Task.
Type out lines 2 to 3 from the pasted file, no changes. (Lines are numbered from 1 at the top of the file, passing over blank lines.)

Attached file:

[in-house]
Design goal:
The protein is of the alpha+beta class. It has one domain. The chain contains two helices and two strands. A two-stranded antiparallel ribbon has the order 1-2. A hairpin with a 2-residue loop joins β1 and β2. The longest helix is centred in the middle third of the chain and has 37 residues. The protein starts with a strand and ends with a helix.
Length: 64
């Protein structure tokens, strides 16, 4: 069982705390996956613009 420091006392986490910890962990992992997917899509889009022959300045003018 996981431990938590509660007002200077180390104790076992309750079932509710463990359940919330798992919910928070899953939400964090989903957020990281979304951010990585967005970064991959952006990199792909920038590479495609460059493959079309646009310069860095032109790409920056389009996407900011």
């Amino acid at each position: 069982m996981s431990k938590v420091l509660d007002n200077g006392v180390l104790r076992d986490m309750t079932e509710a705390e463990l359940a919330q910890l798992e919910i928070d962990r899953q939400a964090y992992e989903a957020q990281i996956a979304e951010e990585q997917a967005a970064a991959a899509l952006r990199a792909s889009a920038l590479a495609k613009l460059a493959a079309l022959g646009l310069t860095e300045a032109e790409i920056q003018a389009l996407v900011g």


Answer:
Design goal:
The protein is of the alpha+beta class. It has one domain. The chain contains two helices and two strands. A two-stranded antiparallel ribbon has the order 1-2. A hairpin with a 2-residue loop joins β1 and β2. The longest helix is centred in the middle third of the chain and has 37 residues. The protein starts with a strand and ends with a helix.